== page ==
so lets create a community.  lets love.  lets not do it in the service of hope or even honor but in the service of the fact that all of us have the right to create, sustain, and bring forth—life.

god bless.

yall.

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§ 5 Responses to forced sterilizations

  • kameelah says:

    thanks for this post. i am reading a book called medical apartheid: the dark history of medical experimentation on black americans from colonial times to the present. it is a really awesome texts that goes into a lot of these issues in depth. it’s a dense text, but well worth the effort.

  • beth says:

    1st off. I think the lack of proper informed consent, widespread use of coercion and fear tactics are appalling.Disgusting. Thank you for talking about something most folks ignore.
    I have a thought to pose to you though: Is race the only factor? Is it more about money and social class then it is about color. Yes, longstanding racism and exclusion have put peopleof color at the bottom. They are routinely crapped on without thought. But look at marginalized whites in West Virginia, or living in trailer parks and housing projects across the country.
    It’s the poisonous politics of modern capitalism. The grasping materialism of big business at the root of the whole nasty mess. Insurance companies, pulling the strings of doctors who see an easy mark in the young, poor, unededcated woman who”can’t afford more kids anyway”, are the force destroying whatever chance we have at an equitable health care system.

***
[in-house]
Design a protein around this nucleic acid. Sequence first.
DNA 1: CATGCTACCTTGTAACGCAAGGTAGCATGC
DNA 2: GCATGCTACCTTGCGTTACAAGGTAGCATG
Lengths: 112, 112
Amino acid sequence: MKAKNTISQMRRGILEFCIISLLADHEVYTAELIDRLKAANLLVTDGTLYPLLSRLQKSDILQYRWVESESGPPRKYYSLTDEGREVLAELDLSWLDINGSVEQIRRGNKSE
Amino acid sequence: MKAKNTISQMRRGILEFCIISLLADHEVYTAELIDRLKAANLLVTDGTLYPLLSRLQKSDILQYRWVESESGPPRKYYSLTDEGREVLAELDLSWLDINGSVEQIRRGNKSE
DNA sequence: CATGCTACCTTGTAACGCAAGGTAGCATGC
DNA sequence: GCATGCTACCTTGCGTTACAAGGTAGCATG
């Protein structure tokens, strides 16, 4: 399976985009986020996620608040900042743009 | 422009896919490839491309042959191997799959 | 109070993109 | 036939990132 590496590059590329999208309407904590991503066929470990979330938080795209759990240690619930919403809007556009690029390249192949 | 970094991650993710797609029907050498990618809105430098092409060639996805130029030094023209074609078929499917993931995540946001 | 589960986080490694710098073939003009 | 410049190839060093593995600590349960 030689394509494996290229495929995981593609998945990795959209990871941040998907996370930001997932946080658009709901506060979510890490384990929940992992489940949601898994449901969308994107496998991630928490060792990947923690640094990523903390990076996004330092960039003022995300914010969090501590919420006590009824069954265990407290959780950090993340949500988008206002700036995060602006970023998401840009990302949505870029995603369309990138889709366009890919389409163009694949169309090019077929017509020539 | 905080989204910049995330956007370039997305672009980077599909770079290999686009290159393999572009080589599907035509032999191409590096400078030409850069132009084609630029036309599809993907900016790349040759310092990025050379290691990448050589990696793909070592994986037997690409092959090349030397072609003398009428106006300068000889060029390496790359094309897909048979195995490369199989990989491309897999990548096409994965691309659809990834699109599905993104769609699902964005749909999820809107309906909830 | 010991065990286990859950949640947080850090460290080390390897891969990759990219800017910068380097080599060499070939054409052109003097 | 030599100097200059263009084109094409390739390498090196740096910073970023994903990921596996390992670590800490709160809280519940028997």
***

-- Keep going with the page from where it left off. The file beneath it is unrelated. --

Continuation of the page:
I love your blog. Just found it. You’ve got a lot to say, and amazing perspective I don’t get in my milktoast social circle.

  • maia says:

    kameelah,

    i have to check out that book…thanks for the rec.

  • maia says:

    beth,
    no race is not the only factor. it is a primary factor in looking at forced sterilizations. i disagree with the analysis that class is *really* the issue. when looking at various aspects of health care in the states, middle class women of color, statistically show to receive worse treatment, and less options in the reproductive health care system than their white counterparts. if class was *really* the issue then the middle class of color should have health rates that parallel to the white middle class and they dont.
    working poor whites who are oppressed by the capitalist class system still have white privilege and a denial of the power of whiteness and racism in the health care system (and other systems)blinds us to the reality in which we live.
    i am strongly anti-capitalist. class, race, gender, able-ism, sexuality, and other social categories are interlocking systems of power and oppression. and no one category trumps the other.
    thank you. i am really glad that you enjoy the blog.

  • beth says:

    Thanks for replying. I’m really interested to look at this issue closer. Are there any good places to look at studies and statistics? I understand people look at me differently because I am white, I am puzzled and frustrated as to what to do about it though!?!? I’m going into women’s healthcare, what should I know before I do?